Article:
He referred to all the empty seats as he made his way up to the stage, making it clear that the play was set in a theatre and that we weren’t really there, creating a fourth wall. The fact that the lighting and sound hadn’t changed made us think that the production was set in the theatre we were sitting in, immediately making the play (and the non-existent threat of the woman in black) more realistic. The actors were performing for a long time before the house lights finally faded out, allowing us to be slowly drawn in and as the story darkened so did the stage lighting and the seating area around us.
The key way in which they differentiated between the play (the Actor helping Mr (R-)Kipps) and the play within the play (PWP) (the Actor playing Mr Kipps) was the use of sound and lighting. The PWP used a vast array of sound and lighting drawing us into the story, where as the play used a basic wash of white light, and if a sound effect was added it was always commented upon (e.g. the clock ticking to make the office), and had only been added in the first place as it was going to be used in the PWP.
The Actor communicated with the imaginary sound technician Mr Bruce by moving DS, looking up, past audience and clicking his fingers to do this. He would also click his fingers at Mr Bruce to snap out of the PWP. This was extremely effective as we were always aware of which play we were viewing. However I found it annoying as after they had been building up tension in the PWP to suddenly snap out of it destroyed the tension and took us away from the story, making us once again aware that we were watching a play. This also made the scenes that took part in the play seemed long and drawn out, as the lack of lighting and sound meant that the play relied solely on the acting, script and plot, weakening the overall production.
However the performances during the PWP were fantastic. David Acton convincingly became a variety of different characters, convincingly changing his accent for each character depending on their class and area they lived (e.g. country accent) as well as giving them certain characteristic, for instance Tomes’s sniff. The tone and pace of his voice would also change, for instance Keckwick had a slow, deep, emotionless voice with a thick country accent. He also had an emotionless facial expression and was hunched over, creating a secrecy about the character that made us very wary of him. His transformation between the different characters was also aided with simple costume changes that dictated the class and background of the character, as well as suiting the situation they were currently in.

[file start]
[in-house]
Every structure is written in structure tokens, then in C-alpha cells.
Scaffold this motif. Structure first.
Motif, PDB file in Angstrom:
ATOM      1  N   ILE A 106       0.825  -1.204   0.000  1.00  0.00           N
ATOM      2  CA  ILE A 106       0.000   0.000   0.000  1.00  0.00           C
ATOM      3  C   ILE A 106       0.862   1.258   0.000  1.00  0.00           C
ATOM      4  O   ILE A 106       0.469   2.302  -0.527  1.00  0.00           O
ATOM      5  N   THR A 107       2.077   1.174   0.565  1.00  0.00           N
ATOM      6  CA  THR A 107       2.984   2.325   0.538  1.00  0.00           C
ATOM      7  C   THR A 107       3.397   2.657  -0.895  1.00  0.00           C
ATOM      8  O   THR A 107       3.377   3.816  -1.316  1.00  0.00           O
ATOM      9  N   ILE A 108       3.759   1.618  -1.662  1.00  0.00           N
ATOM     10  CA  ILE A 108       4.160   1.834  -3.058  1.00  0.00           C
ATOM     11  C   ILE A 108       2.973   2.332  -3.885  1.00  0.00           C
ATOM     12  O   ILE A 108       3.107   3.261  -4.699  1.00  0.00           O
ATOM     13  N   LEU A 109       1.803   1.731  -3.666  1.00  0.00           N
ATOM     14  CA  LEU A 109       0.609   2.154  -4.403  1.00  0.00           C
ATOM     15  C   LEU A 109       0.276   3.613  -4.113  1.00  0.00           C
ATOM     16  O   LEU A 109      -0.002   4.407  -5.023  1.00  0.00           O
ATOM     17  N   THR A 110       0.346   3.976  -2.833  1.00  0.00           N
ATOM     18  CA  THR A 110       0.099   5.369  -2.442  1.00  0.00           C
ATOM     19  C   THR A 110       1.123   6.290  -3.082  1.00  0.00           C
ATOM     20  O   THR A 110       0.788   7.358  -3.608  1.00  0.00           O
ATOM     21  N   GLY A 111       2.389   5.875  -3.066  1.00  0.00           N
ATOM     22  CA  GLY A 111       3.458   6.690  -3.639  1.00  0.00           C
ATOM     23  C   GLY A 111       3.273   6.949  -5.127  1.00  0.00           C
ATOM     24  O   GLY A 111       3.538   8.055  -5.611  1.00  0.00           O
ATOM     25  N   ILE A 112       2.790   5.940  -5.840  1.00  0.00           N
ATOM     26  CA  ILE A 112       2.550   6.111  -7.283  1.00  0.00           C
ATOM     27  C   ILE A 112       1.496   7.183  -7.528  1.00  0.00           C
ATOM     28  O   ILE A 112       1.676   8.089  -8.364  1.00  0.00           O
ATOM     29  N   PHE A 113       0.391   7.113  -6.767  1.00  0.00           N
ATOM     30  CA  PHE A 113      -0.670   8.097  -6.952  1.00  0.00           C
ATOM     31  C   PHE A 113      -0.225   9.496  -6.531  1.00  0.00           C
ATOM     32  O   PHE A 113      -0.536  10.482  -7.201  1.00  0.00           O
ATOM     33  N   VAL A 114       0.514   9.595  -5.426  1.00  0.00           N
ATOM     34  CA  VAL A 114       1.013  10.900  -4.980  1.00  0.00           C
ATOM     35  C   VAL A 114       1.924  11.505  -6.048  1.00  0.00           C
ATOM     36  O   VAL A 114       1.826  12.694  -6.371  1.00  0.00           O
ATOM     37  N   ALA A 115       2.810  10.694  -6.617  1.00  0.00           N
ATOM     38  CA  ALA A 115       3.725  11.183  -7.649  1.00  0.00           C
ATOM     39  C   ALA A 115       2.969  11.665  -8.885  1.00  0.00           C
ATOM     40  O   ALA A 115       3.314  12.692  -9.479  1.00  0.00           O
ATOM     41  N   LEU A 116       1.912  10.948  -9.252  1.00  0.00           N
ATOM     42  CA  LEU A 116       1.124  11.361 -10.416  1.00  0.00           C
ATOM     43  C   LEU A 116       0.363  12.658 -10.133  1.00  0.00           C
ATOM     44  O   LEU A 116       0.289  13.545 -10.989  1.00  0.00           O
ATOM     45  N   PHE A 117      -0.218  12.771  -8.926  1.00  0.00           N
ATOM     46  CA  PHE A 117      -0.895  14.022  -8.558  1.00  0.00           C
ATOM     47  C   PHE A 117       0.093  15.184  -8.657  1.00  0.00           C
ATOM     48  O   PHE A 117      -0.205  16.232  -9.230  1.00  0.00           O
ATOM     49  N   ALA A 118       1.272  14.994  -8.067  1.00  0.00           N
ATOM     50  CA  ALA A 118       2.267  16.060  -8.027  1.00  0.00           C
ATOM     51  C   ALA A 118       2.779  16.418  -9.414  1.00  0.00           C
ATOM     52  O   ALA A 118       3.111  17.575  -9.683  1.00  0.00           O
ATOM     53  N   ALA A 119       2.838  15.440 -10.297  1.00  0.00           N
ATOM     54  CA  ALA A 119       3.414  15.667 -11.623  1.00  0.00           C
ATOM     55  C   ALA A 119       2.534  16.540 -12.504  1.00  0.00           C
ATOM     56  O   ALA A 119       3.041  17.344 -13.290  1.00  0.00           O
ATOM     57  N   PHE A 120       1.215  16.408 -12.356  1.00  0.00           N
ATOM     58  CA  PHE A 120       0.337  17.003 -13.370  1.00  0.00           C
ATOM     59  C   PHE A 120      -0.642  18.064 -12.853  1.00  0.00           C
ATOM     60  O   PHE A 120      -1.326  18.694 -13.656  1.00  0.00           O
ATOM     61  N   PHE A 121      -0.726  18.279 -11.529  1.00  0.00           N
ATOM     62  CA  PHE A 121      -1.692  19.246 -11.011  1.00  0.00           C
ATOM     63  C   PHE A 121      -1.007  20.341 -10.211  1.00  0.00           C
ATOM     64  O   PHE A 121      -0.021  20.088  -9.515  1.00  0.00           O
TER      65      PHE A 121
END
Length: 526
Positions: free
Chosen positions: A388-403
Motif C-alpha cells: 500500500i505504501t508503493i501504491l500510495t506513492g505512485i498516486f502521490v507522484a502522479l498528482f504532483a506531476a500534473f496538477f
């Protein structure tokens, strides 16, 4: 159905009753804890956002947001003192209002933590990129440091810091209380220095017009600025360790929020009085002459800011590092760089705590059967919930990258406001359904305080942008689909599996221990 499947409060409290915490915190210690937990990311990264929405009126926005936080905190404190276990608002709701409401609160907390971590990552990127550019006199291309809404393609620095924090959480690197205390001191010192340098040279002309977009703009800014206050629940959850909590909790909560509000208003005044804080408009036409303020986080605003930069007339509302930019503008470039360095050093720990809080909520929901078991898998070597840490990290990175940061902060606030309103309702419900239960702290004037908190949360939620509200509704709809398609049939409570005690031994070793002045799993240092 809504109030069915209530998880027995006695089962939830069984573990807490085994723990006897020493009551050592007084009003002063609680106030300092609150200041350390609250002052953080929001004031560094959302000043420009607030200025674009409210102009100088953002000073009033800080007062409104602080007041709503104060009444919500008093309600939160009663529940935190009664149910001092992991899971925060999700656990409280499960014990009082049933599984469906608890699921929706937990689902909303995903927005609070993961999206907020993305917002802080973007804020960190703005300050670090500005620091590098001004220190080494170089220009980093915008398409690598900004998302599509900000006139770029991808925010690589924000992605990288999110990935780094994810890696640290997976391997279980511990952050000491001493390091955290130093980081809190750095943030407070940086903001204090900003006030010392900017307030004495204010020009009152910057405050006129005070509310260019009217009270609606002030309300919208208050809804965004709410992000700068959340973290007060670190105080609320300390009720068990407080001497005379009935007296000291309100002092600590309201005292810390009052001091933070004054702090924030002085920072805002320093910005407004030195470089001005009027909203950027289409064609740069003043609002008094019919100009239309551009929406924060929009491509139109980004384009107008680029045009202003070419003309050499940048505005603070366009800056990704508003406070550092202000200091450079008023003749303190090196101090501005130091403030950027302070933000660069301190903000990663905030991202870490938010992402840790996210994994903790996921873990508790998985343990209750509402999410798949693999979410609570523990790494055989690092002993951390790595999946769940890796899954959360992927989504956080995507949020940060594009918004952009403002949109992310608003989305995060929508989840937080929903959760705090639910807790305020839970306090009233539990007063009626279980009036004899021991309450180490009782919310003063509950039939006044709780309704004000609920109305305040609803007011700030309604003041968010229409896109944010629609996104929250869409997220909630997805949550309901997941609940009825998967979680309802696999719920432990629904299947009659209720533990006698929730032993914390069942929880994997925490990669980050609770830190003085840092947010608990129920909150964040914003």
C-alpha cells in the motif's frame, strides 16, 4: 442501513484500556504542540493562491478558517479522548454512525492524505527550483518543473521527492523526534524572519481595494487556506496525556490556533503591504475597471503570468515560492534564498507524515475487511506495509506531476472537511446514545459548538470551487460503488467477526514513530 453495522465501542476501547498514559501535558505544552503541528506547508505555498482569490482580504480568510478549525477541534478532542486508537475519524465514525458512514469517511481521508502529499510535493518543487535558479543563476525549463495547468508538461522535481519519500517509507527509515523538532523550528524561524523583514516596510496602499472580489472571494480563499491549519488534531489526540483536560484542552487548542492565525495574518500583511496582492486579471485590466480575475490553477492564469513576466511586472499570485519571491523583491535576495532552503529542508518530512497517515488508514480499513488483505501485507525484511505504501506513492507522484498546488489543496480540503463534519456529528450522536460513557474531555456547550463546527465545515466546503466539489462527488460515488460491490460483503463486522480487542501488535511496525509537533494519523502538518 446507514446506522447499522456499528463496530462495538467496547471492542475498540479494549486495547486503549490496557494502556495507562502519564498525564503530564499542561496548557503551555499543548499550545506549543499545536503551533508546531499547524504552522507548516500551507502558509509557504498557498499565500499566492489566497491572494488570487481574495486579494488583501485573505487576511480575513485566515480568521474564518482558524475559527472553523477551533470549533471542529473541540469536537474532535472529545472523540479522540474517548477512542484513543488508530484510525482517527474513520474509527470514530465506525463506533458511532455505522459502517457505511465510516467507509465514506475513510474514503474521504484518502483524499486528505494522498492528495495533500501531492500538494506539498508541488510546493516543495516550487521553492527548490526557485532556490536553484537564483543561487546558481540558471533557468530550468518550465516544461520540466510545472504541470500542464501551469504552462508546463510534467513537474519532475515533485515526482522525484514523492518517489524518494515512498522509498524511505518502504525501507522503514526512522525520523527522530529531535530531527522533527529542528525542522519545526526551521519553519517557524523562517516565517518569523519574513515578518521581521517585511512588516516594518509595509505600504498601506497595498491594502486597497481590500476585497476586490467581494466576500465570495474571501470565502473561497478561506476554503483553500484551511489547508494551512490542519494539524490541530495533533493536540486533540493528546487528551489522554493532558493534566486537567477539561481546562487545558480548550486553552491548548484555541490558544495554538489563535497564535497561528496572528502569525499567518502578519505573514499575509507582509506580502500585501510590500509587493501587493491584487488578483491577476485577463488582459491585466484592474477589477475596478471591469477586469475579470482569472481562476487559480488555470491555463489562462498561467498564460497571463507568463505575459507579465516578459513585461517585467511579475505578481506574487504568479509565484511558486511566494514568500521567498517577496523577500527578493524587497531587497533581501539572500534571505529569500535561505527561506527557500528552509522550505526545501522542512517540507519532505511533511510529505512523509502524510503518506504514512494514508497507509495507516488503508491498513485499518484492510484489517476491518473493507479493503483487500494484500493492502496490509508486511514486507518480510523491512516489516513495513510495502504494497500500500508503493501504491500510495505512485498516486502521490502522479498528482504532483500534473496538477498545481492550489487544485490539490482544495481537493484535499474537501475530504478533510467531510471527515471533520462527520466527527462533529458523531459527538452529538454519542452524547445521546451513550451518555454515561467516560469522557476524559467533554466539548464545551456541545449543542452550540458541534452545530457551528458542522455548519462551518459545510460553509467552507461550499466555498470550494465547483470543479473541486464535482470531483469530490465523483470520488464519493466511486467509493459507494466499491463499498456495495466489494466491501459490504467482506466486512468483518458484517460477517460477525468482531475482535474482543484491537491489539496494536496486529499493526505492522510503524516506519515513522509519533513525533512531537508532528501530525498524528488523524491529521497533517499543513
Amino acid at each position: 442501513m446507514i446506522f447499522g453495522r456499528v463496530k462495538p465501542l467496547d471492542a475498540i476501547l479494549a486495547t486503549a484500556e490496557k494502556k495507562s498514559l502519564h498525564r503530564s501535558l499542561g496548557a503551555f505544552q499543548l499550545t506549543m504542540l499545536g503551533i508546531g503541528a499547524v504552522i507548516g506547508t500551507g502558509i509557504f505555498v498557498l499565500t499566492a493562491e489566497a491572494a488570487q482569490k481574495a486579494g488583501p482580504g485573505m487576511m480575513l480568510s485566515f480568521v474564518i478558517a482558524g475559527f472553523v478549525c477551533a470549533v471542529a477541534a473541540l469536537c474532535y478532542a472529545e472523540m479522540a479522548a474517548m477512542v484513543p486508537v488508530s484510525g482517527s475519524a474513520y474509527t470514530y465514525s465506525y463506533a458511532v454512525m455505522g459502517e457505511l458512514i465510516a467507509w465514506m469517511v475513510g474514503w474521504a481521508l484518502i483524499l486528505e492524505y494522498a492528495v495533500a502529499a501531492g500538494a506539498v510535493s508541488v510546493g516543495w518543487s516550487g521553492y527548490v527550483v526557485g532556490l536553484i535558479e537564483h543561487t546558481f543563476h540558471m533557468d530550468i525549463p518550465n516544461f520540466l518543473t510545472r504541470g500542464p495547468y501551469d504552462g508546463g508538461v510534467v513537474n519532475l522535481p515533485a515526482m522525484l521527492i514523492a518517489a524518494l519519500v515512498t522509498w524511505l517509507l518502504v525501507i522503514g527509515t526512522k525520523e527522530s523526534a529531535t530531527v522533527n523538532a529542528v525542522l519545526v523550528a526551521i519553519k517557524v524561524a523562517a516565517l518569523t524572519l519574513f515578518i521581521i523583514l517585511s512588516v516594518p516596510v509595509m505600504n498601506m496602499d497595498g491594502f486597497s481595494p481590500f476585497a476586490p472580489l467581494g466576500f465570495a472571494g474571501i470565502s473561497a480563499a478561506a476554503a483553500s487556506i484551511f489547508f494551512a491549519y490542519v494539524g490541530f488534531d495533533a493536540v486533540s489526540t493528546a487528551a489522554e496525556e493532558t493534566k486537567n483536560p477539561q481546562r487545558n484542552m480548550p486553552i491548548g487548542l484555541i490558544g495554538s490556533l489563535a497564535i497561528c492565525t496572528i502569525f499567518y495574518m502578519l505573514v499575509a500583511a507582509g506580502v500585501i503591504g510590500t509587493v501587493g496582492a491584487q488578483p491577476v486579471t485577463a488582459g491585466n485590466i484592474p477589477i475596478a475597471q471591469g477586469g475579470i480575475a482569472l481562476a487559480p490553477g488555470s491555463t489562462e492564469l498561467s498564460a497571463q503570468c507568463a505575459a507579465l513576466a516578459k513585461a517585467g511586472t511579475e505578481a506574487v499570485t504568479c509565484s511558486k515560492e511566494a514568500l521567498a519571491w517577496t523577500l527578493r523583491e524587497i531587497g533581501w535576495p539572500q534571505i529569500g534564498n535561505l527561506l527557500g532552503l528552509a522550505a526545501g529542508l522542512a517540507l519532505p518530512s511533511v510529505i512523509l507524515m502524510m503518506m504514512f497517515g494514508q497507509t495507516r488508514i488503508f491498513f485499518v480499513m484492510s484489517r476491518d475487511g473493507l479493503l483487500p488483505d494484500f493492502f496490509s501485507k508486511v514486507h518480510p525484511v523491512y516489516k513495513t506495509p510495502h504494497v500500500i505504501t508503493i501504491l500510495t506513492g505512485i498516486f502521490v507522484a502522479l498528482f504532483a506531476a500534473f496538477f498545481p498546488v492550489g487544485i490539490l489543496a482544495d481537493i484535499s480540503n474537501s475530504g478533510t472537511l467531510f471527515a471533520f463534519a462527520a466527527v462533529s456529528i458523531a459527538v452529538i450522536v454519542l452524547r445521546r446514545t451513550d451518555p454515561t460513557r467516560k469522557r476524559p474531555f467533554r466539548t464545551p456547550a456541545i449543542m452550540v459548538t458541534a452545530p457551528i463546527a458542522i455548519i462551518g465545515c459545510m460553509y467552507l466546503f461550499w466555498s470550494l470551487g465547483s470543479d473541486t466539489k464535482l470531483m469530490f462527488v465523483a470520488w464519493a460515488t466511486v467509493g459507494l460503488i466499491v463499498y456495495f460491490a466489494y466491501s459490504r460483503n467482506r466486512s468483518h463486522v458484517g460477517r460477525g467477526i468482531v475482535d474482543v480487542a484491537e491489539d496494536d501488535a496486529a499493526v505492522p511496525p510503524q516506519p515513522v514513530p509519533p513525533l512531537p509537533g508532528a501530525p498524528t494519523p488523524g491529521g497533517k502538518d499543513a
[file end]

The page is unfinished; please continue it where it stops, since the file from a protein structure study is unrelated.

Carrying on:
For example to become Keckwick he donned a dark green coat, an old scarf and brown hat. All the items looked well used, inexpensive and were darkly coloured, suitably making the character looked dressed for a cold night or day, showing he is working-class as well as indicating to the audience that the characters were outside. Where as to be Mr Jerome at the funeral he dressed smartly in a black suit and top hat (middle or upper class), again this suited the character and the situation. The majority of the costume changes were done on stage with the open use of a clothes rail. This is a Brechtian technique that asks the audience to suspend their disbelief and momentarily breaks the fourth wall. However we were perfectly happy to accept the actors doing it, as we simply believed him to be Mr Kipps acting.